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Severe pain in the frontotemporal area

Reviewed by Angeliki Vgontzas, MD

Steven Needell/Science Source

A 36-year-old man presents with severe pain in the frontotemporal area. He reports a history of severe headaches, sometimes with nausea. In the past year, these symptoms have begun to "knock him out" for nearly 2 weeks out of a month. The patient historically has been able to curtail his symptoms with a triptan. Physical examination is remarkable for Adie tonic pupil. A 1.5 T MRI of the brain is performed. Axial FLAIR sequence reveals scattered white matter lesions consistent with foci of demyelination.

What is the likely diagnosis?

Migraine

Chronic migraine

Chronic paroxysmal hemicrania

Space-occupying lesion

Hemiplegic migraine

Migraine is a neurologic disease characterized by episodes of throbbing, often unilateral, headache. These attacks are associated with visual or other sensory symptoms (classic aura) related to the central nervous system, nausea, and vomiting, and are often set off or exacerbated by physical activity. The age-adjusted prevalence is estimated at 15.9% across all adults, but migraine is much more common in women, with a prevalence of 21% in women and 10.7% in men.

On the basis of the patient's history, clinical suspicion for chronic migraine should be high. Hemiplegic migraine usually presents with temporary unilateral hemiparesis, sometimes with speech disturbance. Attacks of chronic paroxysmal hemicrania are also unilateral but are characterized by their highly intense but short duration. Clinical suspicion for a space-occupying lesion should be raised in cases where patients with a history of headache present with new symptoms or abnormal signs.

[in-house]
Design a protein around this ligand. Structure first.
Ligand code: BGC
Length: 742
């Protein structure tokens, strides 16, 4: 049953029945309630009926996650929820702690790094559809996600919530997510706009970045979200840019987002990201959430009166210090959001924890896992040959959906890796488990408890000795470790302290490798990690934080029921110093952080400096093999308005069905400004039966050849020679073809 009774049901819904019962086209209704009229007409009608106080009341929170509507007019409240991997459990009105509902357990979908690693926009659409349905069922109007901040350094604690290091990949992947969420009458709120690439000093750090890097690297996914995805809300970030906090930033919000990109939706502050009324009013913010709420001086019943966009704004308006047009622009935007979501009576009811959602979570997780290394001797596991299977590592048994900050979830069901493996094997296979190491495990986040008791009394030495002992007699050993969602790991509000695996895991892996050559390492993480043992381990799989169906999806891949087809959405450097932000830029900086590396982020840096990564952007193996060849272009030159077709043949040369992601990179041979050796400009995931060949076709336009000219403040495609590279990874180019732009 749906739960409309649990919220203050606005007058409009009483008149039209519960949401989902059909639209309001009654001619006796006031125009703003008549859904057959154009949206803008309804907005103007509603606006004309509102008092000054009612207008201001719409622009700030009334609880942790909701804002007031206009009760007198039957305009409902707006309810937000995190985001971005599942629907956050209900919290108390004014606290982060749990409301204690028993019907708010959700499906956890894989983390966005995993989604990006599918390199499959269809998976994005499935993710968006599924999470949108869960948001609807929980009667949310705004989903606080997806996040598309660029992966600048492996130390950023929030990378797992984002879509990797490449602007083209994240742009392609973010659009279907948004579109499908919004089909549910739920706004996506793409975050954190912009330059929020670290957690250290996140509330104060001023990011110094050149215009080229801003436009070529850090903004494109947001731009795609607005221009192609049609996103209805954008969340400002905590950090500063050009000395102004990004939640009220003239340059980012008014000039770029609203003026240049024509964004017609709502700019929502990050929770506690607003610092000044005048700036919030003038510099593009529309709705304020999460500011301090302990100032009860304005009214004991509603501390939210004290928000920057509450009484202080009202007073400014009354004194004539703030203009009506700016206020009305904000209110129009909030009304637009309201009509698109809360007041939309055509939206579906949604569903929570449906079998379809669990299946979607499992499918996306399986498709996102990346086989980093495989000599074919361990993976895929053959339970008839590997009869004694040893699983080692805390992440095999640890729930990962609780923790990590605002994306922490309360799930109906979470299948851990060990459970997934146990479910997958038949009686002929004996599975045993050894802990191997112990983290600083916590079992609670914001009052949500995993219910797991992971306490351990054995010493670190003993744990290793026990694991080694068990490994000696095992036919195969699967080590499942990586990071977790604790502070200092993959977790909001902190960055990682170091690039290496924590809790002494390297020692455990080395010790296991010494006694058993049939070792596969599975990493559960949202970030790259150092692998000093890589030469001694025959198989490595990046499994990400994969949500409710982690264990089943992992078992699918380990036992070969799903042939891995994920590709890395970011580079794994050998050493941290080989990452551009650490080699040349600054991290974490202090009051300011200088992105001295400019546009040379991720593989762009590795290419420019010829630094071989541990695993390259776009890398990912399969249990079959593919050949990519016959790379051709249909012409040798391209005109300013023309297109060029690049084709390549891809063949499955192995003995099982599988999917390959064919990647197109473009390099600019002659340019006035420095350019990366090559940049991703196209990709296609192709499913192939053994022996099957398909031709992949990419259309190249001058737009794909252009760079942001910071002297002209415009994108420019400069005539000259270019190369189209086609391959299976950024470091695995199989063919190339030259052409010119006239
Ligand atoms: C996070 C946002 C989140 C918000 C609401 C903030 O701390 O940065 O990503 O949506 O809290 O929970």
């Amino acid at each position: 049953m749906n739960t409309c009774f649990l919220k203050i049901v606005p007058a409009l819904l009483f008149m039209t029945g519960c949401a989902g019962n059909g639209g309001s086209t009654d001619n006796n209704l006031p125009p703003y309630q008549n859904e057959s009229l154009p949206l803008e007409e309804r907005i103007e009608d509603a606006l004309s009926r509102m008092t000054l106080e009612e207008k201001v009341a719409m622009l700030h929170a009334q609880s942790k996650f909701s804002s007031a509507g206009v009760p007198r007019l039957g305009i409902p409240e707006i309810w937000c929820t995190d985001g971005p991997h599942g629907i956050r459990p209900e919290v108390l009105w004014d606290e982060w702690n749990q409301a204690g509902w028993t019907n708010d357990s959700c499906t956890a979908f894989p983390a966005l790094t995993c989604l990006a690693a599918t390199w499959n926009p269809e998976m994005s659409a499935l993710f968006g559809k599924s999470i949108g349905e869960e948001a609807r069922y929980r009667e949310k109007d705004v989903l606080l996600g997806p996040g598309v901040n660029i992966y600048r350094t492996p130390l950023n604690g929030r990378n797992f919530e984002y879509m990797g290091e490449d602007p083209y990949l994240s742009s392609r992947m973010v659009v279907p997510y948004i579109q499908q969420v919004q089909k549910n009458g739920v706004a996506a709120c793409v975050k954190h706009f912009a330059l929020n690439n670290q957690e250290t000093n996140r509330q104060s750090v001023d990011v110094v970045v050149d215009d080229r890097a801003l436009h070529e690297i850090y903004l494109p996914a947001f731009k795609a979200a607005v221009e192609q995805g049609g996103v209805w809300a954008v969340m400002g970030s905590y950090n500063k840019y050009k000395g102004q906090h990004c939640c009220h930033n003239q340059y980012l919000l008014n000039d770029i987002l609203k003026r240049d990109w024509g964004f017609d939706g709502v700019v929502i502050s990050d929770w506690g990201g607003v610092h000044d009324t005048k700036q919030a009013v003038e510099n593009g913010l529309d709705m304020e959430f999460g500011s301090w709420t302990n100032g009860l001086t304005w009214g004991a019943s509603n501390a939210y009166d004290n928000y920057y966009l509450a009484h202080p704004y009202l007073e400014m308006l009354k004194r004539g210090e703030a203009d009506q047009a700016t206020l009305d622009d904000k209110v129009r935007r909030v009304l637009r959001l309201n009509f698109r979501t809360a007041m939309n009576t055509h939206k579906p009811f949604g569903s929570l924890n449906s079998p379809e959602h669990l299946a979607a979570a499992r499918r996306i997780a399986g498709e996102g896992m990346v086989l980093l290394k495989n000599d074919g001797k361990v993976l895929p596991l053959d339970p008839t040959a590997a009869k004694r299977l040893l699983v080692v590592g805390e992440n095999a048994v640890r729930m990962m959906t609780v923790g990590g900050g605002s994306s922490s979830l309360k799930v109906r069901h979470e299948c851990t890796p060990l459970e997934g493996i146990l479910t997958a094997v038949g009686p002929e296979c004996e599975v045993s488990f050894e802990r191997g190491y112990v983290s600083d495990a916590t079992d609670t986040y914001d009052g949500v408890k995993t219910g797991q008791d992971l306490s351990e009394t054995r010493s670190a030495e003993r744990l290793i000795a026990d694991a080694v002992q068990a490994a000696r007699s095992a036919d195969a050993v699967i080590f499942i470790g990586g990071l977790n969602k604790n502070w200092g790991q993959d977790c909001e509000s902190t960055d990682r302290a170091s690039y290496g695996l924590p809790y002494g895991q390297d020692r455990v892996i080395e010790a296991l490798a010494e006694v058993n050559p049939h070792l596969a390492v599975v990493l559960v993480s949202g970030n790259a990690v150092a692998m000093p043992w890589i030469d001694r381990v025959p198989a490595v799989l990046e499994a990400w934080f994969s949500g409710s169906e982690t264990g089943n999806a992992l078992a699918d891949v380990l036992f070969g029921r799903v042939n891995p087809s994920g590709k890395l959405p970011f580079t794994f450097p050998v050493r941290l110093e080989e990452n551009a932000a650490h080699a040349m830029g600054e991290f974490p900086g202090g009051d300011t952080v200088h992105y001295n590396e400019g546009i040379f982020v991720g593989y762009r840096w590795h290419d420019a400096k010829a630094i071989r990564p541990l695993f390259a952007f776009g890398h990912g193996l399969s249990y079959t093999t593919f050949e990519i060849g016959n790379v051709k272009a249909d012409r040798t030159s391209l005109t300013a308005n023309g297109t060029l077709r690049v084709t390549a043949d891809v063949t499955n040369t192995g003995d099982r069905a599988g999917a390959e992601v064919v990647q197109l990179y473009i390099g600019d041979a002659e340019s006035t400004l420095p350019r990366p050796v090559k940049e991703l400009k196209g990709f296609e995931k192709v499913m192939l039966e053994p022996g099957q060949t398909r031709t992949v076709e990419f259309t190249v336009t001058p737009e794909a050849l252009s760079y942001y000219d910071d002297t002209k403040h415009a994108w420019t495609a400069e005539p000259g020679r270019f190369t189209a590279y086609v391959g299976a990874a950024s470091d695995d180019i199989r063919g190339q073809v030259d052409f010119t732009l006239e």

The diagnosis of chronic migraine is a clinical one. The American Headache Society defines chronic migraine as at least five attacks of migraine-like or tension type–like headache that must fulfill specific criteria. If the migraine occurs with aura, it must occur 8 days or more per month for more than 3 months and be relieved by a triptan or ergot derivative. If the migraine occurs without aura, the same criteria apply, but it is important that the aforementioned signs and symptoms cannot be accounted for by another diagnosis.

For moderate or severe attacks, migraine-specific agents are recommended: triptans, dihydroergotamine (DHE), small-molecule CGRP receptor antagonists (gepants), and selective serotonin (5-HT1F) receptor agonists (ditans). However, it is accepted that migraine treatment must be individualized, and that a trial-and-error period should be expected. Recent data suggest that about 30% of migraine patients who are prescribed a triptan have an insufficient response to this approach. Some research has shown that such patients have a better response after being switched to a second drug in the triptan class, while other studies have shown no difference. The patient in the current case might also be a candidate for preventive treatment, which should generally be considered when, in spite of acute treatment, migraine interferes with the patient's day-to-day routine or when attacks become frequent. The four CGRP monoclonal antibodies approved in the United States are eptinezumab, erenumab, fremanezumab, and galcanezumab.

Angeliki Vgontzas, MD, Instructor, Department of Neurology, Harvard Medical School; Associate Neurologist, Department of Neurology, Brigham and Women's Hospital/Brigham and Women's Faulkner Hospital, Boston, Massachusetts.

Angeliki Vgontzas, MD, has disclosed no relevant financial relationships.

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